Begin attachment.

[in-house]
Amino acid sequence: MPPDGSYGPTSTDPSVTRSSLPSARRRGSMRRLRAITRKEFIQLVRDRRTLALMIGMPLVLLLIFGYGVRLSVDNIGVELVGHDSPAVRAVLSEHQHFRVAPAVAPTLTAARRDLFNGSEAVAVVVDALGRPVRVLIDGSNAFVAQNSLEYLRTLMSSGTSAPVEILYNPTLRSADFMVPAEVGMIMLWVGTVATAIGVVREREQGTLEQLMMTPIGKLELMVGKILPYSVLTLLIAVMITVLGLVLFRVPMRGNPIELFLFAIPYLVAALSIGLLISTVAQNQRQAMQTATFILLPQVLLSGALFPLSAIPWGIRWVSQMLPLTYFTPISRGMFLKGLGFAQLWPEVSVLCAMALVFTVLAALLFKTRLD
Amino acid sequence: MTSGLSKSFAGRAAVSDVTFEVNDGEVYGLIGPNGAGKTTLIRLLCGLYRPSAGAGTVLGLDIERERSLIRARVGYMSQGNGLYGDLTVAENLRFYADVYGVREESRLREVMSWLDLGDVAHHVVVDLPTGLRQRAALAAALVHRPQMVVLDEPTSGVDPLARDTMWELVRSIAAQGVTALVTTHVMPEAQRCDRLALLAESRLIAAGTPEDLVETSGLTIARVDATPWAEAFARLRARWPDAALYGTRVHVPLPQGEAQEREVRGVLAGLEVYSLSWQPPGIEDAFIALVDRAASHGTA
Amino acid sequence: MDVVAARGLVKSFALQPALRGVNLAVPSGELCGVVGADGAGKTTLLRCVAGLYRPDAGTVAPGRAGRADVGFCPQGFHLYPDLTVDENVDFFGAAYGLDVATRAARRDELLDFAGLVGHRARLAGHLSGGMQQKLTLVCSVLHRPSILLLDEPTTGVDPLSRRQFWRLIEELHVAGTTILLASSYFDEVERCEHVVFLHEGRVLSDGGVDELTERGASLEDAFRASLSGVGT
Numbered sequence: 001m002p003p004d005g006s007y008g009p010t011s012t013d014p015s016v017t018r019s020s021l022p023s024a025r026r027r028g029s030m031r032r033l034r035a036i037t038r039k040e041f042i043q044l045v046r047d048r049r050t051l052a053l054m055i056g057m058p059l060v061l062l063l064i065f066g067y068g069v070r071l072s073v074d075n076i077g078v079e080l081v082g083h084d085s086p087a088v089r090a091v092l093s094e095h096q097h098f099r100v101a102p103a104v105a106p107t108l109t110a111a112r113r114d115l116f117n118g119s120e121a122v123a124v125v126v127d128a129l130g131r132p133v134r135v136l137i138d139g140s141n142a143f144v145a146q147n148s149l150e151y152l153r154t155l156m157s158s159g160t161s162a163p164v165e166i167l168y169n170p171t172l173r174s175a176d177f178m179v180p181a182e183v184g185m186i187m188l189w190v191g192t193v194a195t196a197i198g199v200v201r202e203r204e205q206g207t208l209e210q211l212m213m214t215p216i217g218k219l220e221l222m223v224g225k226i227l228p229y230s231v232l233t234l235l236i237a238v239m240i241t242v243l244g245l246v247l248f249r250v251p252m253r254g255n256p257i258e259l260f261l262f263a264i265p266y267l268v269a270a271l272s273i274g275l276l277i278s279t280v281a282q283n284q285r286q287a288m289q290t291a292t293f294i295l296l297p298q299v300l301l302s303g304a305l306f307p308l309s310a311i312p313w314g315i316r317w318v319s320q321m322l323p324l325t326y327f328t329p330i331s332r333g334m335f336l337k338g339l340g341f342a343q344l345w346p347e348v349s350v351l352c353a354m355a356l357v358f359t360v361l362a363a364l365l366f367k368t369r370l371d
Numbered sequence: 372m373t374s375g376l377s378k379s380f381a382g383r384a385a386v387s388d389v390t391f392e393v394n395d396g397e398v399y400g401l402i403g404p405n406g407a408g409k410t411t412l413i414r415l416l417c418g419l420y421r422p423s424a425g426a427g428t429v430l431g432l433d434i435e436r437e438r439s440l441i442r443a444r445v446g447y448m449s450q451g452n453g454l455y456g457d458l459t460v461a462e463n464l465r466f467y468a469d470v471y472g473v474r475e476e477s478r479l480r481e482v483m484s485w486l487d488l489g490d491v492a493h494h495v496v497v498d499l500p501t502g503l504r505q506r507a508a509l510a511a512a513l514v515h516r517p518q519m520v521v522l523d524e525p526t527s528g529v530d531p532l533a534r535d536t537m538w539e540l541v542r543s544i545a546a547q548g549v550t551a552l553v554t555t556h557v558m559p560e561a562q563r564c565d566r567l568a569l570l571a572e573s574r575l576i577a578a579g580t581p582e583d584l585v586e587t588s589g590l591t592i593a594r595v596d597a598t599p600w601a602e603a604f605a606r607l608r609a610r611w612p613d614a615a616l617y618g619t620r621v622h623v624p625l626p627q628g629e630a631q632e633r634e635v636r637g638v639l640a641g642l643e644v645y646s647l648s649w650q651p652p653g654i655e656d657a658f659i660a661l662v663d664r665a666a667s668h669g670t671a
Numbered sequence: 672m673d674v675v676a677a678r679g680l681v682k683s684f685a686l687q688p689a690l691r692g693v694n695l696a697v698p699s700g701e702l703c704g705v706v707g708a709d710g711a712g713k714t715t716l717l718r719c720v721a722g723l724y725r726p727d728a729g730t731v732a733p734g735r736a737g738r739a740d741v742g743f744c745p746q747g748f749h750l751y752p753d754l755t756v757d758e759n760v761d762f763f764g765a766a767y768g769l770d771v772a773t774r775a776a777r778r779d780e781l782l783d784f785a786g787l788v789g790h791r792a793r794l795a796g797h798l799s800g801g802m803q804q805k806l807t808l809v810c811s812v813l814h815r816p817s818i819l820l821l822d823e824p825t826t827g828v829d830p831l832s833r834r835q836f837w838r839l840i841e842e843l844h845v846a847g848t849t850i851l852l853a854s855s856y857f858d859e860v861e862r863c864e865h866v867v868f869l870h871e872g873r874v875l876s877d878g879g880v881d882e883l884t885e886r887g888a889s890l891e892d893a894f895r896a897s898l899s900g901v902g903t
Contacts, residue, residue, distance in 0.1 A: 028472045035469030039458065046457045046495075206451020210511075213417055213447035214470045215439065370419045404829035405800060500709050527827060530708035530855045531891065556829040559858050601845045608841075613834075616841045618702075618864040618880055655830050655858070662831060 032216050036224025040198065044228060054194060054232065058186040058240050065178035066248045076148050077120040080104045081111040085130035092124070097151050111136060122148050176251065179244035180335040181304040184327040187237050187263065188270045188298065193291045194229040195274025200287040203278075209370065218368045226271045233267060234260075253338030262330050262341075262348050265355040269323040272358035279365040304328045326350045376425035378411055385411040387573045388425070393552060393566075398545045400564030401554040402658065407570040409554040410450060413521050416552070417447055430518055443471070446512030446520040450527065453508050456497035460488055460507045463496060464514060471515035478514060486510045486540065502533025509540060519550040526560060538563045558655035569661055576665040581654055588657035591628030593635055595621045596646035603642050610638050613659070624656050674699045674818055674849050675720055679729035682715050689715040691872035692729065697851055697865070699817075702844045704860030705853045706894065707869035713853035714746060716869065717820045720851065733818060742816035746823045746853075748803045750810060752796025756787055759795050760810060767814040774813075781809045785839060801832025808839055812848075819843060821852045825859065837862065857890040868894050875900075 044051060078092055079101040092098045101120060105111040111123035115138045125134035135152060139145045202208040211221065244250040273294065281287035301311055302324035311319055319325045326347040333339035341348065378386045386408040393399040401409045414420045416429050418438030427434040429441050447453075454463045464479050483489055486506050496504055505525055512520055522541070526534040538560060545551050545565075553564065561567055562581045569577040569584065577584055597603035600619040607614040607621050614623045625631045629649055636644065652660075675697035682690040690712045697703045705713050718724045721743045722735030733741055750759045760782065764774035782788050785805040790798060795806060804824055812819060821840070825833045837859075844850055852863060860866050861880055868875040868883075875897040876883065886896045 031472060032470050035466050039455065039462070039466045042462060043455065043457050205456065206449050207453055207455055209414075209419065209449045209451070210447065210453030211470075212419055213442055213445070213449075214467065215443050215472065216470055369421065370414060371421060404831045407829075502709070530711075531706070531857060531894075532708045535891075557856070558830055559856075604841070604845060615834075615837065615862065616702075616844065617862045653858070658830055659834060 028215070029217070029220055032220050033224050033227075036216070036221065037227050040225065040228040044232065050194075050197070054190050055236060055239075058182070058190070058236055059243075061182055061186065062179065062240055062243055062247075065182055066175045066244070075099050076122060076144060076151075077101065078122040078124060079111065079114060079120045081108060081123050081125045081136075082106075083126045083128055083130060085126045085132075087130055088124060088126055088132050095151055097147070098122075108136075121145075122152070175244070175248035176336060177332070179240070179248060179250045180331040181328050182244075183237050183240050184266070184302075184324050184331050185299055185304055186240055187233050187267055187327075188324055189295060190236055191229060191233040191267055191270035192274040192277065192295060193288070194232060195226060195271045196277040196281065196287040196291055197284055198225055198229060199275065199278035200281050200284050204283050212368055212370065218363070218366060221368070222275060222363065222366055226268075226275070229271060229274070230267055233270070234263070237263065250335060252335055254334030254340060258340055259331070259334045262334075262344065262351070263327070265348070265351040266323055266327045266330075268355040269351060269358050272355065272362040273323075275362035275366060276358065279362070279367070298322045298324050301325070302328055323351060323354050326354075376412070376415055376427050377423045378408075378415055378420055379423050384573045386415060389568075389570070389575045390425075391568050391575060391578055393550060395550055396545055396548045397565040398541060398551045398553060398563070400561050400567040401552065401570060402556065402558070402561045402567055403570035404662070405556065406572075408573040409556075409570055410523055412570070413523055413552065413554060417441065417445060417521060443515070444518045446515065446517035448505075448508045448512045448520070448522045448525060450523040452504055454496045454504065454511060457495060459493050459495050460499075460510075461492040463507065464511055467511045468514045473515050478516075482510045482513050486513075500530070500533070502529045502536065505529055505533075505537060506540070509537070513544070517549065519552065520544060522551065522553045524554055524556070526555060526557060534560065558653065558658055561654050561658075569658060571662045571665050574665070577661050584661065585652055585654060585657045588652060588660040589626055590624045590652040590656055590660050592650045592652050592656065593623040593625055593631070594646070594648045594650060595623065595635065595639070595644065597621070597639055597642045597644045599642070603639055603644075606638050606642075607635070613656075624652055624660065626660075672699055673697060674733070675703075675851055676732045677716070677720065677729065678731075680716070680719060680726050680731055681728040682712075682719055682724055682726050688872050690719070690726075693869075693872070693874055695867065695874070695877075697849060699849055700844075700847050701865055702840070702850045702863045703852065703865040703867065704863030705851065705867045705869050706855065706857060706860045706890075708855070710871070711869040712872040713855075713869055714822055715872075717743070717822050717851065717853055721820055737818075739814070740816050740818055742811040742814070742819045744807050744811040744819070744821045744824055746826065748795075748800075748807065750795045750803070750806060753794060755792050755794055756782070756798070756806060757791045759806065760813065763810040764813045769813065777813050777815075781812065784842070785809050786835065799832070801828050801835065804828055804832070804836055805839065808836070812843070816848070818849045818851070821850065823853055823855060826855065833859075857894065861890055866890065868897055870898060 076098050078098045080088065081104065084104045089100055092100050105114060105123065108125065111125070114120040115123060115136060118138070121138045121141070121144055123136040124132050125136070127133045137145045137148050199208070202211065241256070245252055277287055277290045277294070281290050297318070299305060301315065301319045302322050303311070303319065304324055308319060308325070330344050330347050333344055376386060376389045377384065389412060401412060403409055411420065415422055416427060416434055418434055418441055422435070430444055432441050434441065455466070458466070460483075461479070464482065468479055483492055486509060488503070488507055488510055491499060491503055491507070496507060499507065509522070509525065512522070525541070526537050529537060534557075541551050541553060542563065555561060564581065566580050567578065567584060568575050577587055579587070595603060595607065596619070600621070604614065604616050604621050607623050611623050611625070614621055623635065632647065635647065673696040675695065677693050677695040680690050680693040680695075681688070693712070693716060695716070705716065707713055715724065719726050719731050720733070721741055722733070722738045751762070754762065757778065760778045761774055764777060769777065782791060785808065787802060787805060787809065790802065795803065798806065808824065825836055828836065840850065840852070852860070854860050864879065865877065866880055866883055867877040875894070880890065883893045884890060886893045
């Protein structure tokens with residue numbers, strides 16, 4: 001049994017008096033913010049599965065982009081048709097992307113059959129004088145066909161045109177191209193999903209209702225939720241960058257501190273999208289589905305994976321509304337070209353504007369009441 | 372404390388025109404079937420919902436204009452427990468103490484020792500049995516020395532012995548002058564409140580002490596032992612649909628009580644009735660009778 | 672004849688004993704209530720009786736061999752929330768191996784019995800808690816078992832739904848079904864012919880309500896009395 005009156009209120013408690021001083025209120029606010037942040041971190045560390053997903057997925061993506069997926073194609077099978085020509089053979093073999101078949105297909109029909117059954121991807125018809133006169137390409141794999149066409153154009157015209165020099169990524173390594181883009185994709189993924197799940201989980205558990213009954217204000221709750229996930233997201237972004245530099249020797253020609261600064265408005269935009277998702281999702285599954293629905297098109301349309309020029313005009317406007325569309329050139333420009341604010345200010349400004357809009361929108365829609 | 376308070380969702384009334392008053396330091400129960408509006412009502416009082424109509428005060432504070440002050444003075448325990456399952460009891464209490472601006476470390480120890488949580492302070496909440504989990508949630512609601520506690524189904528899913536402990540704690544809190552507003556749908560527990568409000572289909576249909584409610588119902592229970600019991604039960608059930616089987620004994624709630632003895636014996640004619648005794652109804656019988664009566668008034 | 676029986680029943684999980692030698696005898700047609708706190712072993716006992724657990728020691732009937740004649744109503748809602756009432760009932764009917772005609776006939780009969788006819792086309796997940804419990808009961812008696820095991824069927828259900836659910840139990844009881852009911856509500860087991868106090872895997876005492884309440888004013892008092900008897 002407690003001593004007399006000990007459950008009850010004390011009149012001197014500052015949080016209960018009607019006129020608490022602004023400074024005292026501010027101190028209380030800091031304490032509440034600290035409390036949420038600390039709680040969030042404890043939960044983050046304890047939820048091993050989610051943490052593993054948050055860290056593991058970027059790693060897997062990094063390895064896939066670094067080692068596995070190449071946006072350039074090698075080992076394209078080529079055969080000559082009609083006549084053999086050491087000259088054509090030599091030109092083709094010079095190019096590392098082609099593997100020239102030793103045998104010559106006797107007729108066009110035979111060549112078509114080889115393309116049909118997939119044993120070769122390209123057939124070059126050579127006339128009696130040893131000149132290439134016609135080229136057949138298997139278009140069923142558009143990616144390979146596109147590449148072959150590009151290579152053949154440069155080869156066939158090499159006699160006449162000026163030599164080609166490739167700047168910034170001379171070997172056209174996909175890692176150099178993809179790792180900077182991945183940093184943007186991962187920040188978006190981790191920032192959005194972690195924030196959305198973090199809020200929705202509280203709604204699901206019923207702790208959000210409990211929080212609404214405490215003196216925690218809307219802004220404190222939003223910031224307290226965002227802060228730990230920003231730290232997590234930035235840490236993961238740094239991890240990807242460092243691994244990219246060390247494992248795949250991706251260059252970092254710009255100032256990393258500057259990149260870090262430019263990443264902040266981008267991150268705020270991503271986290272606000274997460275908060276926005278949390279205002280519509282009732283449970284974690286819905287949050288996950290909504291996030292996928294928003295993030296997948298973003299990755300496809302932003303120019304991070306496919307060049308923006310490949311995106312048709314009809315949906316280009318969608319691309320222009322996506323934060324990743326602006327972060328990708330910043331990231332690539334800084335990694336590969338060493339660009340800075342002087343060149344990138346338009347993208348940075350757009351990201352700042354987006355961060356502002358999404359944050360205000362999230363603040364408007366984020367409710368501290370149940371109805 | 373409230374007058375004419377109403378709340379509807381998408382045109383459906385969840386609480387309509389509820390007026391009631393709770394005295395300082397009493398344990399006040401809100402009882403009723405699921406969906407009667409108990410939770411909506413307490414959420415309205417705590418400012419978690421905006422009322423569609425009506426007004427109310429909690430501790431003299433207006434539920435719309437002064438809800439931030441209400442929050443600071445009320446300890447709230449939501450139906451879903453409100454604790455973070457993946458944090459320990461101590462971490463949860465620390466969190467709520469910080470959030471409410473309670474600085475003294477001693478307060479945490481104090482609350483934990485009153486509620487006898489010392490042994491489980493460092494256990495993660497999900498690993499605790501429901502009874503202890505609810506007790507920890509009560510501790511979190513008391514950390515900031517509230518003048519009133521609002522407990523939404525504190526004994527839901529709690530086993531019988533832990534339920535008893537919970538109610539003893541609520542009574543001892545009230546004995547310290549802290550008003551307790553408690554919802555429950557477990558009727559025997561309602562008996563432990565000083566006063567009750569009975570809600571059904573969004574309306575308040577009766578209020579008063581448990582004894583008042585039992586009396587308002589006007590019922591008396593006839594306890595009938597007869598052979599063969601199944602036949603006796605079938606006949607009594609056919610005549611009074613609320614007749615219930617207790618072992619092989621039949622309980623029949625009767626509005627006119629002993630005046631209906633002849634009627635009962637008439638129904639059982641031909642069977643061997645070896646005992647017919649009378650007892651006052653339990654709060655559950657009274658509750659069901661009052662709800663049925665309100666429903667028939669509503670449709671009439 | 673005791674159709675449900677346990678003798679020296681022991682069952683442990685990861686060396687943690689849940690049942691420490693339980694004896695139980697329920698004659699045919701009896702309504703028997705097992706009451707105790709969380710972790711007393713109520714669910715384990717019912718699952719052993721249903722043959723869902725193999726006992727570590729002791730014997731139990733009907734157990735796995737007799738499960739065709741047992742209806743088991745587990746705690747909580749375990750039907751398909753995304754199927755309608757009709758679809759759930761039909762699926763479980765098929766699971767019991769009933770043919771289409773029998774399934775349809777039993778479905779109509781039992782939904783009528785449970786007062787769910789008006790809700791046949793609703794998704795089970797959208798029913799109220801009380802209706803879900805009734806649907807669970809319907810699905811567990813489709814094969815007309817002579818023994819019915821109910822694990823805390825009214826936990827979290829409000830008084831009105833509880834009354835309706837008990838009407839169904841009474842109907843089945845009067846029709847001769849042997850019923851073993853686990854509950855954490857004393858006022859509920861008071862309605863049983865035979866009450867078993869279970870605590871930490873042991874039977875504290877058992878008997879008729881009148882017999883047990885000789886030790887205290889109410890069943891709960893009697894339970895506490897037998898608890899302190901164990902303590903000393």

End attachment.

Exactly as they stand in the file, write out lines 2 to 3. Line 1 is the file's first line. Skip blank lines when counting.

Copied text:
Amino acid sequence: MPPDGSYGPTSTDPSVTRSSLPSARRRGSMRRLRAITRKEFIQLVRDRRTLALMIGMPLVLLLIFGYGVRLSVDNIGVELVGHDSPAVRAVLSEHQHFRVAPAVAPTLTAARRDLFNGSEAVAVVVDALGRPVRVLIDGSNAFVAQNSLEYLRTLMSSGTSAPVEILYNPTLRSADFMVPAEVGMIMLWVGTVATAIGVVREREQGTLEQLMMTPIGKLELMVGKILPYSVLTLLIAVMITVLGLVLFRVPMRGNPIELFLFAIPYLVAALSIGLLISTVAQNQRQAMQTATFILLPQVLLSGALFPLSAIPWGIRWVSQMLPLTYFTPISRGMFLKGLGFAQLWPEVSVLCAMALVFTVLAALLFKTRLD
Amino acid sequence: MTSGLSKSFAGRAAVSDVTFEVNDGEVYGLIGPNGAGKTTLIRLLCGLYRPSAGAGTVLGLDIERERSLIRARVGYMSQGNGLYGDLTVAENLRFYADVYGVREESRLREVMSWLDLGDVAHHVVVDLPTGLRQRAALAAALVHRPQMVVLDEPTSGVDPLARDTMWELVRSIAAQGVTALVTTHVMPEAQRCDRLALLAESRLIAAGTPEDLVETSGLTIARVDATPWAEAFARLRARWPDAALYGTRVHVPLPQGEAQEREVRGVLAGLEVYSLSWQPPGIEDAFIALVDRAASHGTA